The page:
Trying out a different look for my blog. What do you think?
27 Mar 2014 Leave a comment
I finally contacted a local beekeeper about purchasing a nuc (nucleus of bees and a queen), but the price has doubled since my former beekeeping days. He didn’t have any nucs available, but will keep me in mind if the bees decide to swarm on their own. My brother-in-law, John, had pretty much given up on beekeeping, so he let me have his old beekeeping equipment and used hives & frames in exchange for the honey I collect. A beneficial exchange for both of us! The old frames will be converted into a Top Bar Hive, or maybe two. And, after a good cleaning, the old frames will be converted to brood chamber bars.
Spring weather will only last so long, so finishing the huglebeds has been my other time-sensitive priority lately. While building the beds, I unearthed several creepy crawlies. Some good, and some… not so much.
Tiny soldier beetles were crawling everywhere in one section of the ground I was moving. So I sprinkled that wheelbarrow of dirt over several spots in my beds. These beneficial little soldiers kill and eat all sorts of soft bodied pests and their eggs. They don’t damage foliage, but will eat nectar and pollen if they can’t find any bugs to munch on.
The brightly colored beetles look much like lightning bugs, but do not have the fascinating ability to light up their abdomens. They appear in several patterns of reds, oranges and yellows. They also look similar to the blister beetle, which is a garden pest that will eat pretty much anything you want to grow in your garden. These nasty little critters also have a small amount of toxin in their bites that can cause blisters on your skin. Blister beetles in the Southeastern United States come in several patterns of gray and black, but some species will sport brighter colors. The best way to tell these two bugs apart is by the way their head is attached to their bodies. The blister beetles are shaped more like ants, with a distinguishable “neck” section. Soldier beetles’ heads appear to be attached directly to their bodies, just like the lightening bugs.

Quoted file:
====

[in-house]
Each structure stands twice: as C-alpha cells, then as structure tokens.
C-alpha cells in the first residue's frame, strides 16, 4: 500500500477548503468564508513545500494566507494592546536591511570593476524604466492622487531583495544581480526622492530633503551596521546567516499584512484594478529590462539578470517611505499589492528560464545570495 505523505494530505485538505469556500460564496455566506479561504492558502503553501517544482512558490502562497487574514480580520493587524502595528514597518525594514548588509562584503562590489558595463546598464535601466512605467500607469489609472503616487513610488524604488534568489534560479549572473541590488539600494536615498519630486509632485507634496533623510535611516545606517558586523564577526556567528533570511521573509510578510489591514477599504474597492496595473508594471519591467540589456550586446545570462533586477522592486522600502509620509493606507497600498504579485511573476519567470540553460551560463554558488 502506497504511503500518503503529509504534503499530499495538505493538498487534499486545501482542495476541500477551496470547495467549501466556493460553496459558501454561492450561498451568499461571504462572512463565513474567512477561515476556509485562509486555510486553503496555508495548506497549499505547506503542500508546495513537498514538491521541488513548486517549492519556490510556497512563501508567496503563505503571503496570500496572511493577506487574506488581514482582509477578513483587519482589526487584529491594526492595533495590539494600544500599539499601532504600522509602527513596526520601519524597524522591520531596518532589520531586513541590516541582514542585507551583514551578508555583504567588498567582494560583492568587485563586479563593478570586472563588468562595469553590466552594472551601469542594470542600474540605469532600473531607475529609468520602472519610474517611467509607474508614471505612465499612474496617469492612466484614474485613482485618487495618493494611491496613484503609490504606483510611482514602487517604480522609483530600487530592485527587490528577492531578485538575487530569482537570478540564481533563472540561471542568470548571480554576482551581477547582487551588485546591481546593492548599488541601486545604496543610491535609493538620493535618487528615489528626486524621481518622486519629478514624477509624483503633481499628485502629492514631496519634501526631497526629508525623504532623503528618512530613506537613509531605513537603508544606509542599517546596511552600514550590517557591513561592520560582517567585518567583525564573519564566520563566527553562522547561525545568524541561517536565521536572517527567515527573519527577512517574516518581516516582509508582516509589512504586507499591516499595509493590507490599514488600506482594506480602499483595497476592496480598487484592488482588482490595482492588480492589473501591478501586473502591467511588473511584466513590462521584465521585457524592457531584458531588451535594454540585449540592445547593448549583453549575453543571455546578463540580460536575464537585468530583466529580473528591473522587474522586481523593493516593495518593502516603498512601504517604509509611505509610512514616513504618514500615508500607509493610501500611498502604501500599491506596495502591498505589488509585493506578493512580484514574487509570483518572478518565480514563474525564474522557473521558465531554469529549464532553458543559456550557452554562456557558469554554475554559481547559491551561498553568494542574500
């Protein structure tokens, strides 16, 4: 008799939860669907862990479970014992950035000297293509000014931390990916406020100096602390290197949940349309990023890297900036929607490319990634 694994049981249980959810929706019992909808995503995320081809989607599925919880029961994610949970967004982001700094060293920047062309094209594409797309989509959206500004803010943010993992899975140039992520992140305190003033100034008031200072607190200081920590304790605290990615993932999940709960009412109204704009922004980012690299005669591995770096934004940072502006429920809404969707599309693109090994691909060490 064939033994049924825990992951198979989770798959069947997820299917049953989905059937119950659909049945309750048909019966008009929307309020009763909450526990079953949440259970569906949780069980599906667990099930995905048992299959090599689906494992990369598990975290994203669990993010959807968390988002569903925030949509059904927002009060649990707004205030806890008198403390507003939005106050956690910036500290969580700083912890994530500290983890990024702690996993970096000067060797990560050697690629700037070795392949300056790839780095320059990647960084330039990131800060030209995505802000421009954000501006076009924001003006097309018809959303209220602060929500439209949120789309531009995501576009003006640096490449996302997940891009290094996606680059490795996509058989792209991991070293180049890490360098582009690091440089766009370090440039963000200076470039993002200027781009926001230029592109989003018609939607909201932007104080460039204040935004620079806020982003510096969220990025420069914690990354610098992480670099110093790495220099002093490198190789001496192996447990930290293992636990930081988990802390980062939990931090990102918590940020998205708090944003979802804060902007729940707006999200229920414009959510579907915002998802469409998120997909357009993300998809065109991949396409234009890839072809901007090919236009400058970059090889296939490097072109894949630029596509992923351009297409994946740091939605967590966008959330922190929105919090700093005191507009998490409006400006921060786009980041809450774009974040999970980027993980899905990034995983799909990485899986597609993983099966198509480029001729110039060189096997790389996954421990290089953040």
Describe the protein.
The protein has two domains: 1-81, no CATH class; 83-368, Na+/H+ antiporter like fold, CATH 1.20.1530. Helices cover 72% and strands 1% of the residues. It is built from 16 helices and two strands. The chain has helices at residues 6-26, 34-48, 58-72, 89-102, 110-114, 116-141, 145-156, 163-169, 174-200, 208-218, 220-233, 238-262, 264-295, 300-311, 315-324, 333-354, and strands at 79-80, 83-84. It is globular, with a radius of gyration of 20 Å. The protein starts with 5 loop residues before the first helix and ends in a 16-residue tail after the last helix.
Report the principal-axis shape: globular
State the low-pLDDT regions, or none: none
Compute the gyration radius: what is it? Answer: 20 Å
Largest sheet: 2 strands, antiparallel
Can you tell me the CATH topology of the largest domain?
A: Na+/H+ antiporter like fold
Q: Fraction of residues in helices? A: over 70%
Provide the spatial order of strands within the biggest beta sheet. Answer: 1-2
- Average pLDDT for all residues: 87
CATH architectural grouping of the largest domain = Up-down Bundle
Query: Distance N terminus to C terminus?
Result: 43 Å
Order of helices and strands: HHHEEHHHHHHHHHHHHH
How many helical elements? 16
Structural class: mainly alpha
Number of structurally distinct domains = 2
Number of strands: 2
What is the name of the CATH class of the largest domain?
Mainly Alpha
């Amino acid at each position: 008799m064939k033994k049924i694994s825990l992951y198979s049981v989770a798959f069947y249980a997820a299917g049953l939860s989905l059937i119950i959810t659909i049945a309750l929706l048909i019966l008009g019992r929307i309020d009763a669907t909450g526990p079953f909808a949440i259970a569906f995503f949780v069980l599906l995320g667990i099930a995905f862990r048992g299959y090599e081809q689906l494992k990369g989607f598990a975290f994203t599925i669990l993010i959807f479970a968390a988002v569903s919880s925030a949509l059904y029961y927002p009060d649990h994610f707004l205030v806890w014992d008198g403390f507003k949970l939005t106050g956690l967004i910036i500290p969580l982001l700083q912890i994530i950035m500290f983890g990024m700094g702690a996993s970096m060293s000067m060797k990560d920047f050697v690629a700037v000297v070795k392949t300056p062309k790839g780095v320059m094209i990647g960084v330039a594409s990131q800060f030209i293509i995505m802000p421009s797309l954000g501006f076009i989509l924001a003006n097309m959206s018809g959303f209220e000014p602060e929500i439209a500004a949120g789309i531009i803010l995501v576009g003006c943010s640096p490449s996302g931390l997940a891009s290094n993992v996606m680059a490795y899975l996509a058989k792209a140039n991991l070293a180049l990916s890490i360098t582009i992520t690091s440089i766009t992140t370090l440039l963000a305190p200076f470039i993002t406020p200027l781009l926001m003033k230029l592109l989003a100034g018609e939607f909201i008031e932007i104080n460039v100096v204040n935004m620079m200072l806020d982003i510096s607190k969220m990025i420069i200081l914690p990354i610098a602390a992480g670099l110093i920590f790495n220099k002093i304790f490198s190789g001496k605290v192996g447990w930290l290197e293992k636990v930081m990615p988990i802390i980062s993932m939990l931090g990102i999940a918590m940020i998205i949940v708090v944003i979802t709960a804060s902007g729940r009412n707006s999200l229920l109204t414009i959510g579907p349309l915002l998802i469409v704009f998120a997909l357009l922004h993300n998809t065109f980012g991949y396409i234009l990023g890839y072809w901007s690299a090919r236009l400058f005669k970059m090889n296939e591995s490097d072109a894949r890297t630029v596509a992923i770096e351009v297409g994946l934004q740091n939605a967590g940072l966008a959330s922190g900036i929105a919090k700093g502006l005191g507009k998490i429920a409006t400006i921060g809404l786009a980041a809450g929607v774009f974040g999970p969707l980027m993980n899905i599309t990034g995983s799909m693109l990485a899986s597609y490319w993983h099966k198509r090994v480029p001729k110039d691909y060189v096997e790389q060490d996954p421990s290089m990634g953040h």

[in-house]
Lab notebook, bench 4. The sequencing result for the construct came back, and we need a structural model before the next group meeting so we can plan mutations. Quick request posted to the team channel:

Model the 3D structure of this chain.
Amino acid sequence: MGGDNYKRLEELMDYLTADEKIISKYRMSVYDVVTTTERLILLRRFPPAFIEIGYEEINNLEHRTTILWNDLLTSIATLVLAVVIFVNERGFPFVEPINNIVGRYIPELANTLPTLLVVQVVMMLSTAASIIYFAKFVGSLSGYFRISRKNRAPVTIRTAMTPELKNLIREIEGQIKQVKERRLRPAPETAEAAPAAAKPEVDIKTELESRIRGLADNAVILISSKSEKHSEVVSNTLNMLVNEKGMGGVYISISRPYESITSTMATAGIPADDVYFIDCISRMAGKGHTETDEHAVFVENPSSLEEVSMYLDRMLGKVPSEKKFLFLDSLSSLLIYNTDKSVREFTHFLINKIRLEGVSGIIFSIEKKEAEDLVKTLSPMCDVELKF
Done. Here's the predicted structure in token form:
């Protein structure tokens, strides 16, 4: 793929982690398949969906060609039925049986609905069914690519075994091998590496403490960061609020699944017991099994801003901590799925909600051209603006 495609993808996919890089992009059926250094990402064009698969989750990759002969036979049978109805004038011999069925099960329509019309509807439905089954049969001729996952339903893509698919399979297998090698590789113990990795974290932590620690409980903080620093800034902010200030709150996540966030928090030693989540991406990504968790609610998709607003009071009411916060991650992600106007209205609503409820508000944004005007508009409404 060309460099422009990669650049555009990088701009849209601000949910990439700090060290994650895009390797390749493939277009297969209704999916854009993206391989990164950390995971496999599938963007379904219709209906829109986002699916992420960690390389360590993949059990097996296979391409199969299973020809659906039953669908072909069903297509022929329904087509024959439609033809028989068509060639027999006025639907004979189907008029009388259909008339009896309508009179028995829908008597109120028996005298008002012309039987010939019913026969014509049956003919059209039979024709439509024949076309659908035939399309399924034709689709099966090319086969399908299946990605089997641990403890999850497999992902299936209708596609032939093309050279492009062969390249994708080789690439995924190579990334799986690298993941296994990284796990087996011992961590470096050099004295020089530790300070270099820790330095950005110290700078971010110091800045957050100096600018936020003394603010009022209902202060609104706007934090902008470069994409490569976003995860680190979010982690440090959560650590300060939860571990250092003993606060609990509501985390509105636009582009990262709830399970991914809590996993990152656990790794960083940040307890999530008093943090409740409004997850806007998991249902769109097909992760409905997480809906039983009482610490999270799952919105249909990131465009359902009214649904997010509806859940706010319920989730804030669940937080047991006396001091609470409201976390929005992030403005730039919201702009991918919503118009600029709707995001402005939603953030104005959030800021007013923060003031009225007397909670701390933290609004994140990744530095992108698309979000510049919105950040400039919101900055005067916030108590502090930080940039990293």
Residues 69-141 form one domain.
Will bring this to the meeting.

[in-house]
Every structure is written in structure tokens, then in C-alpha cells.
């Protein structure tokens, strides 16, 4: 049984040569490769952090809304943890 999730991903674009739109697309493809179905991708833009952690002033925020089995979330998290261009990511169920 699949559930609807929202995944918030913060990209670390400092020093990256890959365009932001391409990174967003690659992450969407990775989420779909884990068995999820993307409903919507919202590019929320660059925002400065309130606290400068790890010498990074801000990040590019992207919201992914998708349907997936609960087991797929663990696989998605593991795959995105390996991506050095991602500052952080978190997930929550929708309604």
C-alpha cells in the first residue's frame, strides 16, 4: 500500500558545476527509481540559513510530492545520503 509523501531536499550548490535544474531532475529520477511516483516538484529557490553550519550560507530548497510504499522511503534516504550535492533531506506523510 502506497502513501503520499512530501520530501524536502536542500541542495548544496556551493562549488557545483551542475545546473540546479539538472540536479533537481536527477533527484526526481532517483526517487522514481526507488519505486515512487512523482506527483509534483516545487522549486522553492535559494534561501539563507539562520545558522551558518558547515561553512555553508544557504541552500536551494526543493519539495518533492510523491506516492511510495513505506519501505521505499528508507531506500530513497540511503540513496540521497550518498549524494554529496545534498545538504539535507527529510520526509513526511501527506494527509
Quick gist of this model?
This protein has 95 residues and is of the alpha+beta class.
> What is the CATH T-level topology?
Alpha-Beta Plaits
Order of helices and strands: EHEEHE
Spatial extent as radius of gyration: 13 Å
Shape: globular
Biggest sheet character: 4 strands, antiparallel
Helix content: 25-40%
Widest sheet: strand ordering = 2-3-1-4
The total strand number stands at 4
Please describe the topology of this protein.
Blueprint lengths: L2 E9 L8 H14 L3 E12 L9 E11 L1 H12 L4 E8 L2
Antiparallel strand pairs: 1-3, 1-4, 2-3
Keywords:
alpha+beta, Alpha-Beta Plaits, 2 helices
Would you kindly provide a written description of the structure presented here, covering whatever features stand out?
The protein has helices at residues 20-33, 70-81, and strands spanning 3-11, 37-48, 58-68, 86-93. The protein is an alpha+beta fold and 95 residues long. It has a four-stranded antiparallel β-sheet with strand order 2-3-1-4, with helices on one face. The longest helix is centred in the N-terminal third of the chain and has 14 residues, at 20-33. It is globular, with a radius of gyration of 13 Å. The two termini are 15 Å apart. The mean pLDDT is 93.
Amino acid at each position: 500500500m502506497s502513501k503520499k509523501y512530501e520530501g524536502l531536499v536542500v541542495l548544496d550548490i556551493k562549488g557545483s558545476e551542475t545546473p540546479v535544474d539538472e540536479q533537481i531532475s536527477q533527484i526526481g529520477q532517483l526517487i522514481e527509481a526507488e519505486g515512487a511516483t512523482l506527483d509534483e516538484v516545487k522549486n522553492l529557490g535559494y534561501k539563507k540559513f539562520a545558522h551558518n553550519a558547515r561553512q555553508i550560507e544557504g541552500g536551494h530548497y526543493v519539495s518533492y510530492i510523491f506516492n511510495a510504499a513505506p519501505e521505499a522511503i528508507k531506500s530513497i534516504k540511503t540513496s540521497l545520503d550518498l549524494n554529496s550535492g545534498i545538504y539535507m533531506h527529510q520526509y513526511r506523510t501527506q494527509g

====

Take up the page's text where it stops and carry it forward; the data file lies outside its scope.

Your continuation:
While moving rotted logs to form the base of my beds, I discovered some “patent leather bugs” or bess bugs. This type of wood beetle is the most common in my neck of the woods. They are beneficial decomposters that will break down wood into rich soil. This species only lives in rotting wood, so they are not dangerous to man-made structures. Similar to ants and bees, they live in a social structure, caring for their young. So if you take the time to poke around in a log where you find one of these shiny bugs, you’ll find some smaller, bright-red juveniles and white wormy babies as well.
These large hornworm pupae are very easy to find in loose soil. Once they leave their shell, the green worms are much harder to spot because they blend in so well with their surroundings. Last summer I found quite bit of damage from a stinkbug infestation, but some of the damage didn’t fit with the stinkbug’s M.O. These monster caterpillars are most likely the offspring of those hungry criminals. The hornworm transforms into a fairy-like moth that is almost as big as a hummingbird. Most commonly known as hummingbird moths and hawk moths around here, they have a wingspan of up to 5 inches and can fly around 30 miles per hour. Pretty impressive for a bug!
Spring is bursting at the seams and so is my to-do list. It’s difficult to prioritize when everything is screaming for attention. Hopefully this magical season will hang around long enough for me to enjoy its splendor as well as get my chores done.
18 Mar 2014 Leave a comment
Although I’m still not finished with my hive, I did make quite a bit of progress this weekend, even with the never-ending deluge we’ve had for the past year. Actually, I should say “we,” because I couldn’t have managed this part of the project without my sweet hubby! He’s always so good to help whenever I need an extra pair of hands.
If I had used straight pieces of purchased lumber that are the correct width, this project would have been completed much quicker. Also, it would have made the job easy enough for one person to handle alone. My scrappy project only cost me a small box of 1-inch screws because I ran out of that size before I finished. But even if you purchased all of your supplies up front, this would not have to be an expensive project. Truly, anyone, on any budget, could make these beehives. They are very simple and affordable to build.
So, let’s pick up where we left off. Last week, I notched the ends of my bars so they would hang in the hive box. Here are exterior and interior views the “lip” I made on the sides of the box by screwing a 1×2 strip about ½-inch above the edge of the top horizontal board.